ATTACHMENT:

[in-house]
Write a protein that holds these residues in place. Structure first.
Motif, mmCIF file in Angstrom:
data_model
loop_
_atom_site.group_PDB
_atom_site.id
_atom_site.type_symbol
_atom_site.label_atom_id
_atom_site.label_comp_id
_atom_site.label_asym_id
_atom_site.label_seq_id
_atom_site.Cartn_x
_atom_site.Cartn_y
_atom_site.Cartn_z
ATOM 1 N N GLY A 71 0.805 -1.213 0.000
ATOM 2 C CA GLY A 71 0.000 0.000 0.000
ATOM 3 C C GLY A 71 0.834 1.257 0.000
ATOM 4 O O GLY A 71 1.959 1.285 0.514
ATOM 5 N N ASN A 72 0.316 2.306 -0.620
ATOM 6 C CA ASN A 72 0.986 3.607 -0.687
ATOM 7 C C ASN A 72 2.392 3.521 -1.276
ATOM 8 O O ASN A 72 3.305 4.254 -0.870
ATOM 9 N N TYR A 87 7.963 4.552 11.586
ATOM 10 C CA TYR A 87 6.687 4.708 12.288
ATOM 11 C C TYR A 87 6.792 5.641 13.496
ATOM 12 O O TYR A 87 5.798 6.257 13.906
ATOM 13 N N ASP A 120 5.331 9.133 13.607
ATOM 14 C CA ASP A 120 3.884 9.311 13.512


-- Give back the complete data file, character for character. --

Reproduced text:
[in-house]
Write a protein that holds these residues in place. Structure first.
Motif, mmCIF file in Angstrom:
data_model
loop_
_atom_site.group_PDB
_atom_site.id
_atom_site.type_symbol
_atom_site.label_atom_id
_atom_site.label_comp_id
_atom_site.label_asym_id
_atom_site.label_seq_id
_atom_site.Cartn_x
_atom_site.Cartn_y
_atom_site.Cartn_z
ATOM 1 N N GLY A 71 0.805 -1.213 0.000
ATOM 2 C CA GLY A 71 0.000 0.000 0.000
ATOM 3 C C GLY A 71 0.834 1.257 0.000
ATOM 4 O O GLY A 71 1.959 1.285 0.514
ATOM 5 N N ASN A 72 0.316 2.306 -0.620
ATOM 6 C CA ASN A 72 0.986 3.607 -0.687
ATOM 7 C C ASN A 72 2.392 3.521 -1.276
ATOM 8 O O ASN A 72 3.305 4.254 -0.870
ATOM 9 N N TYR A 87 7.963 4.552 11.586
ATOM 10 C CA TYR A 87 6.687 4.708 12.288
ATOM 11 C C TYR A 87 6.792 5.641 13.496
ATOM 12 O O TYR A 87 5.798 6.257 13.906
ATOM 13 N N ASP A 120 5.331 9.133 13.607
ATOM 14 C CA ASP A 120 3.884 9.311 13.512